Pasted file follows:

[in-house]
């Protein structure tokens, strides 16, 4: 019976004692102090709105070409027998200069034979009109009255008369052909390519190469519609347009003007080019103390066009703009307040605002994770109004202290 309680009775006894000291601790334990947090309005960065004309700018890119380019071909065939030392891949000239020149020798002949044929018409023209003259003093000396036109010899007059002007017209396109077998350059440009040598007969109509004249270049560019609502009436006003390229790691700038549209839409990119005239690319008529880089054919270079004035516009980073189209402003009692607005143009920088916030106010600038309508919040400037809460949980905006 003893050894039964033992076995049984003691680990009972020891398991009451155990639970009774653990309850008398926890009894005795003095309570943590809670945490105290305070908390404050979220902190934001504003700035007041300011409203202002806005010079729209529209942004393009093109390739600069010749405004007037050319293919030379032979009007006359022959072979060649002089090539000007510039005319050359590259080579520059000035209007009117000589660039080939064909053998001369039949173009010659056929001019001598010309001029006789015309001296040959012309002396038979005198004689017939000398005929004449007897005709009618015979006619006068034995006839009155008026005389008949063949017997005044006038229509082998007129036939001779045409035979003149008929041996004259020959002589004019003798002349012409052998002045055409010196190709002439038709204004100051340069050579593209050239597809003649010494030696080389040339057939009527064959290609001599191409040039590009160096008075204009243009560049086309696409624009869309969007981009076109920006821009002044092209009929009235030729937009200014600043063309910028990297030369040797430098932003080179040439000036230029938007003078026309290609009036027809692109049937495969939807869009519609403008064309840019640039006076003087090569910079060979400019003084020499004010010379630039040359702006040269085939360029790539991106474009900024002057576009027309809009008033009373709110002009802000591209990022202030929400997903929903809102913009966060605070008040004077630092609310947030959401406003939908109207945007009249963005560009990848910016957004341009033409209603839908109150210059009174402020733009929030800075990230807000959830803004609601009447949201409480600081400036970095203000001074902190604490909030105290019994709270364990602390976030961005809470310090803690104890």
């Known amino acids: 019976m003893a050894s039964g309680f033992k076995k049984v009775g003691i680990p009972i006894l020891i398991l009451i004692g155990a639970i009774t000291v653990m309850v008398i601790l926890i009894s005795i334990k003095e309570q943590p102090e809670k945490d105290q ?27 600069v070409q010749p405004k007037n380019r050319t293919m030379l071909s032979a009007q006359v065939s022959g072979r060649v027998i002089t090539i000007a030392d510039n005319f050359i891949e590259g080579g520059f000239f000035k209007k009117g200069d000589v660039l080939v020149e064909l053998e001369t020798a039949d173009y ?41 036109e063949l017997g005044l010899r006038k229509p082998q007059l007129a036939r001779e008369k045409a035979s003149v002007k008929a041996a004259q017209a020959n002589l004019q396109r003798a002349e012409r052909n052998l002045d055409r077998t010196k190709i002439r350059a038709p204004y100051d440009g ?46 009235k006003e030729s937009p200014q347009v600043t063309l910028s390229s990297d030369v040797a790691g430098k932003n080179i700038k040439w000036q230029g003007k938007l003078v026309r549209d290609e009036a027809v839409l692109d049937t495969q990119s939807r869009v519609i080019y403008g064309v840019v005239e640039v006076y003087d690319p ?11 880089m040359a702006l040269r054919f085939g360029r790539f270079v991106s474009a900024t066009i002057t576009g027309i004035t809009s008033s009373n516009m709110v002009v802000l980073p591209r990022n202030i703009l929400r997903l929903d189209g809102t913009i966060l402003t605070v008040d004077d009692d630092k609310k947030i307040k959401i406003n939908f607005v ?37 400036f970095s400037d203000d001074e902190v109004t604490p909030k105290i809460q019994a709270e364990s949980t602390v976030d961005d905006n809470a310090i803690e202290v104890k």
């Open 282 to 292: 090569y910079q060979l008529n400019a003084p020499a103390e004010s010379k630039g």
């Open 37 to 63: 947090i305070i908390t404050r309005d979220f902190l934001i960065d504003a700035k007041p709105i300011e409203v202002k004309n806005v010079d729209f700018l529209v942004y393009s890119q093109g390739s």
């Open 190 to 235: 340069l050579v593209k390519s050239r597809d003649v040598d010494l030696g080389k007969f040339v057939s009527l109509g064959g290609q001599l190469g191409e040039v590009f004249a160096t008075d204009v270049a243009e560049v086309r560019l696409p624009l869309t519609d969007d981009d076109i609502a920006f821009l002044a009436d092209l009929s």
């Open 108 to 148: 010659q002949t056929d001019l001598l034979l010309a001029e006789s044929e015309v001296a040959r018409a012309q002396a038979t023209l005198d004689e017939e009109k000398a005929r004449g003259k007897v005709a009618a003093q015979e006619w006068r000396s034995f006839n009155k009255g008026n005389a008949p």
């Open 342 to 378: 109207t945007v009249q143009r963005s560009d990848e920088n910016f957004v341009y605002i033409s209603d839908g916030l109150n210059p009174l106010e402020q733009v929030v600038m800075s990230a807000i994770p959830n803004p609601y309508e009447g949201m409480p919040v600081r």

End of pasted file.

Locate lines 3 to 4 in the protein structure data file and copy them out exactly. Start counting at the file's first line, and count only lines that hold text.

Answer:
């Known amino acids: 019976m003893a050894s039964g309680f033992k076995k049984v009775g003691i680990p009972i006894l020891i398991l009451i004692g155990a639970i009774t000291v653990m309850v008398i601790l926890i009894s005795i334990k003095e309570q943590p102090e809670k945490d105290q ?27 600069v070409q010749p405004k007037n380019r050319t293919m030379l071909s032979a009007q006359v065939s022959g072979r060649v027998i002089t090539i000007a030392d510039n005319f050359i891949e590259g080579g520059f000239f000035k209007k009117g200069d000589v660039l080939v020149e064909l053998e001369t020798a039949d173009y ?41 036109e063949l017997g005044l010899r006038k229509p082998q007059l007129a036939r001779e008369k045409a035979s003149v002007k008929a041996a004259q017209a020959n002589l004019q396109r003798a002349e012409r052909n052998l002045d055409r077998t010196k190709i002439r350059a038709p204004y100051d440009g ?46 009235k006003e030729s937009p200014q347009v600043t063309l910028s390229s990297d030369v040797a790691g430098k932003n080179i700038k040439w000036q230029g003007k938007l003078v026309r549209d290609e009036a027809v839409l692109d049937t495969q990119s939807r869009v519609i080019y403008g064309v840019v005239e640039v006076y003087d690319p ?11 880089m040359a702006l040269r054919f085939g360029r790539f270079v991106s474009a900024t066009i002057t576009g027309i004035t809009s008033s009373n516009m709110v002009v802000l980073p591209r990022n202030i703009l929400r997903l929903d189209g809102t913009i966060l402003t605070v008040d004077d009692d630092k609310k947030i307040k959401i406003n939908f607005v ?37 400036f970095s400037d203000d001074e902190v109004t604490p909030k105290i809460q019994a709270e364990s949980t602390v976030d961005d905006n809470a310090i803690e202290v104890k």
């Open 282 to 292: 090569y910079q060979l008529n400019a003084p020499a103390e004010s010379k630039g």